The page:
It all starts with that unsuspecting bird, and that tiny little virus. Viruses are germs that need to attach to a living host in order to multiply. The bird flu virus attaches itself to birds, especially ones that like water. It then begins to invade the surrounding cells, making the bird sick.
Birds Infecting Other Birds
Birds tend to travel. They have wings to fly, and some of them like to go long distances. If a bird becomes infected with avian influenza, the bird flu virus, it can spread the disease wherever it goes. Birds that migrate are able to expose birds from other countries to the virus.
Flocks and Farms
Birds contained on farms are in danger of infecting the rest of the flock. The circumstance of close quarters allows the virus to spread quickly. Farmers have been known to slaughter entire flocks to prevent further contamination in their local communities. They also must sterilize the entire area, since cages and nests may be contaminated.
The virus seems to thrive better in the intestines of birds. The flu is classified as a respiratory illness. However, some strains of the flu survive better in the intestinal tract. Avian flu is one of them. As it grows in the intestines, it can be discarded through waste products of the birds it infects. Other birds coming into contact with these eliminations can become contaminated.
Birds also spread the avian flu virus through saliva and nasal drips. If they get sick, they become congested, creating more mucous their bodies must discard. Healthy birds get exposed to the germs when they land on surfaces that have been infected. If their immune systems are weak, they too could develop and spread the disease.
Molting birds carrying the avian flu virus contaminate surfaces with their feathers. As the germs grow, they invade entire body systems. When the virus is released through waste of any kind, even feathers, the possibility for contamination exist.
Birds with healthy immune systems are able to defend against the avian flu virus. However, if they come into contact with infected surfaces, they may become carriers of the illness without getting sick. Other birds more susceptible to illness may then get exposed to the virus through waste products from a healthy bird. If their systems cannot defend against the germs, they will get sick.
Birds Infecting People
Birds infect people with the avian flu virus the same way they infect other birds. Carriers of the disease or sick birds expose other birds and people to the virus through body secretions and waste products. Some people are considered to be at higher risk of developing bird flu. This is usually because they have more chance of coming into contact with contaminated material.
Children are more susceptible to bird flu because they have a unique relationship with nature. They like to pick up feathers when at the zoo, or taking a walk. Dirt doesn’t usually bother them. Many of them are so curious about the birds they are looking at, that they don’t even care if they are stepping in droppings.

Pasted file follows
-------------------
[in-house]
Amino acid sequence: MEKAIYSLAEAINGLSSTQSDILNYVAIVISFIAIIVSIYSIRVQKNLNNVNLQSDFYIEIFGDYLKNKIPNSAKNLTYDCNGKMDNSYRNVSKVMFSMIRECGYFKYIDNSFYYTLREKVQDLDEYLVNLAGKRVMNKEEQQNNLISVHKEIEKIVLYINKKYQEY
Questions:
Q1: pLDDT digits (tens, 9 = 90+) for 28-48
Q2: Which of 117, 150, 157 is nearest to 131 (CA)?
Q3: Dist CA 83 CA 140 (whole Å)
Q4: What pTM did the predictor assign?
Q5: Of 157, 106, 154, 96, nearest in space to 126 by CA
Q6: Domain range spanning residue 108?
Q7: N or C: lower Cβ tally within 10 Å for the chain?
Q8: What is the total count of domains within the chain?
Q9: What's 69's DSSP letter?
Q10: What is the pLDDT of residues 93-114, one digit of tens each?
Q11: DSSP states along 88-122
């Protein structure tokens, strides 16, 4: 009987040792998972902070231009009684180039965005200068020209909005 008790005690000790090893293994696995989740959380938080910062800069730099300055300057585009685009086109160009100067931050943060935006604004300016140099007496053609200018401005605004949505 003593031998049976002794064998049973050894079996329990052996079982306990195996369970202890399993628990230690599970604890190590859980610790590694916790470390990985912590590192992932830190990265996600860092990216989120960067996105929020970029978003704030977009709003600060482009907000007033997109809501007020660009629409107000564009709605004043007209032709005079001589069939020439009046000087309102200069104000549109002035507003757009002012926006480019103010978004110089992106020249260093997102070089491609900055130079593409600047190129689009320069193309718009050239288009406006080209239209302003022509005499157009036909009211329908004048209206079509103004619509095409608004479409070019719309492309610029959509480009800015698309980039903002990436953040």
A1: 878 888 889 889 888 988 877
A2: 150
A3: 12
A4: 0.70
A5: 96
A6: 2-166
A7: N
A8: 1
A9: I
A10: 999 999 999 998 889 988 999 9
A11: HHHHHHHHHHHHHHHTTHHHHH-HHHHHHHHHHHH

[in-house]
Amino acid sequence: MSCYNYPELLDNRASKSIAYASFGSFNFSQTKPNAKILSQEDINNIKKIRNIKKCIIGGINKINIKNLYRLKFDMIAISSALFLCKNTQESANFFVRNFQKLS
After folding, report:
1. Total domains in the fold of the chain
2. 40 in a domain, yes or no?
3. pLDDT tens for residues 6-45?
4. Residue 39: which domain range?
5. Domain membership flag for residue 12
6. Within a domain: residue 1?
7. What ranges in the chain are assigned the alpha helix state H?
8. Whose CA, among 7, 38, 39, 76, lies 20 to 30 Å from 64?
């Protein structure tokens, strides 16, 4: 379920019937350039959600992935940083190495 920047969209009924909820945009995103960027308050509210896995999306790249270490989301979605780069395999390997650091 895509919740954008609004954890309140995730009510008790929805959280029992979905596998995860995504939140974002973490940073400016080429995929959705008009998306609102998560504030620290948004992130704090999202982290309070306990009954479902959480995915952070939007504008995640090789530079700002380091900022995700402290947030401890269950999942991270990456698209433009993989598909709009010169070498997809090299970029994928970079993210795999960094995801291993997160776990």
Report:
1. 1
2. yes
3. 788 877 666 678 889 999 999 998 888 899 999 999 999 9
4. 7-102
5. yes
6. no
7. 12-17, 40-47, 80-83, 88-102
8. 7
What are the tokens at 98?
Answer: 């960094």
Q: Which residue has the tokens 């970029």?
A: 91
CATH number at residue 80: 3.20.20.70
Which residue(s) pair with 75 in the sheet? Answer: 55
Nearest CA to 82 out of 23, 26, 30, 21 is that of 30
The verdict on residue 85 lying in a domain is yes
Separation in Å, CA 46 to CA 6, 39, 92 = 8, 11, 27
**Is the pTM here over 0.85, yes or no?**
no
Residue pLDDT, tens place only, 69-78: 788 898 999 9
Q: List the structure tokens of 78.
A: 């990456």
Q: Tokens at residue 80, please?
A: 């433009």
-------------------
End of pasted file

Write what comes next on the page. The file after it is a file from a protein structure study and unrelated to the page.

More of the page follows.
In Asia, where the bird flu has had severe outbreaks, children became sick because they were doing their chores. They had to feed and water the chickens. They were gathering eggs, and touching contaminated surfaces on the farm. All of these activities helped spread the bird flu virus.
Farmers and Agricultural Workers
People who work outside are especially vulnerable to catching and spreading the bird flu virus. Their risk of exposure to contaminated debris is much higher than those who work in an office. Poultry farmers can become exposed to avian flu when migrating birds visit their farms. If their flocks become infected, they too may get and spread the disease.
Bird Flu Mutation
Flu viruses have the ability to mutate. Their structure is such that it is possible for their genetic makeup to change, allowing it to have better chances for survival. Most viruses contain only one strand of genetic material, but the flu virus has eight. As they multiply, their genetic material may get mixed up, creating different strains of the flu. This gives them the opportunity to adapt to new hosts over the course of generations.
The avian flu virus is able to mutate and jump to different hosts, like pigs. In the process, it continues to change, eventually jumping to a human host when it is able to survive there. Most flu viruses are species specific. However, some flu viruses are able to mutate and infect other animals, as well as people.
Guidelines to Prevent Avian Flu Outbreaks
Since wild birds are not containable, it is difficult to keep them from spreading the avian flu virus. However, there are certain things we can do as precautionary measures.
• Get Vaccinated: Talk to your doctor about getting a bird flu vaccine, especially if you are planning to travel to countries that have had outbreaks of bird flu.
• Limit Exposure to Domestic Farms: Wild birds carrying the avian flu virus often visit unsuspecting farming communities. Don’t expose yourself unnecessarily to possible contamination.
• Wash Your Hands: Killing germs through good hygiene practices has always been essential in the fight against spreading disease. Keep hand sanitizer readily available. Wash regularly with warm water and soap.
• Supervise Your Children: Teach your children to use caution when picking up bird feathers. Help them avoid stepping in waste piles. This can be difficult if you are near the beach where seagulls roam freely, or live on a farm where kids care for the animals. Help your children understand the importance of washing after being exposed to germs.
• Handle Eggs With Care: Egg shells often carry germs. Take extra care when handling eggs, being sure to wash your hands afterward.